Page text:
- Ban the word “debt consolidation”.
Be very wary of encouraging an employee with multiple debts to go the way of debt consolidation – even if this seems like a good idea for getting debts under control. It may seem sensible initially – taking one loan, having one service fee and getting a good interest rate – but people who are already in the debt cycle might then find that it’s easy to take out another loan and end up right back where they started. Instead, get them to focus on paying back debts, aiming to pay back those that charge the highest interest rates first, to free themselves from debt entirely.
- Don’t provide handouts. Empower.
You need to avoid the paternalistic response to the over indebtedness problem – which is to take over the debt. Offering an employee the option to take a course in financial literacy is more helpful. See the bottom of this article for more information in this area.
- Have a Debt911 desk in your HR office
It is a great idea to have debt counselor on call. This is someone who comes into your office once a month to answer your employees’ questions about debt and to provide help where necessary. The counselor can keep an eye on each employee’s debt and look out for reckless credit – which means credit given to an individual who could not possibly afford to pay it back. If this has been the case, they can help to lodge a complaint with the National Credit Regulator (NCR).
- Fine-tune your induction program
Make it a policy that every new staff member must, as part of the induction program, attend a budgeting class. The policy should also indicate that the company takes the debt issue seriously, and will support the employee in dealing with their debt problems.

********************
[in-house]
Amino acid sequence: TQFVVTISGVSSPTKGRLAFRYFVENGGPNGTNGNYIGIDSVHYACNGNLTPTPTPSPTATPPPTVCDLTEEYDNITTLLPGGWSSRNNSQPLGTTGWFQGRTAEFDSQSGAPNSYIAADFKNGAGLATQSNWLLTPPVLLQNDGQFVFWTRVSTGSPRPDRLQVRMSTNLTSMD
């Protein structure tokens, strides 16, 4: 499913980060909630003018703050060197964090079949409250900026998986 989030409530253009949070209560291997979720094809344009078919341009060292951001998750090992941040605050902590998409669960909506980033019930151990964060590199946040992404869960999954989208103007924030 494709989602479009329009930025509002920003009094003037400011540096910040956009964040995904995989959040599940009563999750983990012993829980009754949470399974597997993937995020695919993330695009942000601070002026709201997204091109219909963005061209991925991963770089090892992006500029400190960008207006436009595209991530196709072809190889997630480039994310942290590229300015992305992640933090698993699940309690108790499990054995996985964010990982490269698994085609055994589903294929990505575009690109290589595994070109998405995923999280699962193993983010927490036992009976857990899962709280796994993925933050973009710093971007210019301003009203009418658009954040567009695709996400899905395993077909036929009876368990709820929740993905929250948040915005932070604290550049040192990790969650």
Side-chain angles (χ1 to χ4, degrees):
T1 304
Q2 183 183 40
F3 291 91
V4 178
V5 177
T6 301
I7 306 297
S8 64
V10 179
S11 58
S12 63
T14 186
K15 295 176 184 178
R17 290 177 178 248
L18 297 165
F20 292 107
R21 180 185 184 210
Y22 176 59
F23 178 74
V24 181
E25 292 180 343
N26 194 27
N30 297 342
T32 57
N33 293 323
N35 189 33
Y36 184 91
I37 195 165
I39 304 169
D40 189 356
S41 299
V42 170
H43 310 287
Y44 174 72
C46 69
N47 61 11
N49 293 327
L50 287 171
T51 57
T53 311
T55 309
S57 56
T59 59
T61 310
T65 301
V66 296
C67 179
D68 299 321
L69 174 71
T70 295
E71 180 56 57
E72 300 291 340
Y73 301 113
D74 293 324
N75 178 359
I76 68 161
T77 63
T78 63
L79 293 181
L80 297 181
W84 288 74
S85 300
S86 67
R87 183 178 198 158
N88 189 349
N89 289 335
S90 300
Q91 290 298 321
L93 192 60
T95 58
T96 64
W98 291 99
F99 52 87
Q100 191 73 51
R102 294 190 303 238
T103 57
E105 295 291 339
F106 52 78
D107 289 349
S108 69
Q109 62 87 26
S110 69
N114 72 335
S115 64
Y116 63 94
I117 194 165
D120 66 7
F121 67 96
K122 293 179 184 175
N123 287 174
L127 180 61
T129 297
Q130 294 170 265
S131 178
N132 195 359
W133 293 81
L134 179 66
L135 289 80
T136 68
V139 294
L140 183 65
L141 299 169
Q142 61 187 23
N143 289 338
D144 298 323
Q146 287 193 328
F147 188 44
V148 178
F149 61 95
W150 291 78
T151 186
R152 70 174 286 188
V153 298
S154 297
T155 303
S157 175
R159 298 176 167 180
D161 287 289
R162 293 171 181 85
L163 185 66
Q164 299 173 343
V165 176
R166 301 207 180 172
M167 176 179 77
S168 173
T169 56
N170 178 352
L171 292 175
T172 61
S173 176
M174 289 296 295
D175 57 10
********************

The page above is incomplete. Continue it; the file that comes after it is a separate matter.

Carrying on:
- Help workers find a low-cost bank account
The major South African banks all have low-fee accounts. Capitec currently seems to offer clients the lowest fees. Having a bank account will help your employee to manage their income and expenses, and provide them with the security of banking with a formal institution.
With strategies like these in place, employees will be better equipped to manage their finances and therefore focus on their work and increase their productivity. They will certainly feel that their employer cares about them and as a result, will be loyal and hard workers.
- Finding a financial literacy course for your employees
There are many institutions that provide financial literacy courses. 1Life has a financial literacy initiative called www.truthaboutmoney.co.za, which prospective candidates must apply and motivate for – and is then free of charge. The course is carried out at Boston City Campus & Business Colleges, and is run by The Money School. It offers an easy-to-understand approach to help attendees get out of debt, build wealth and change their financial futures, giving them lifelong access to online financial tools, information and support after they complete the course.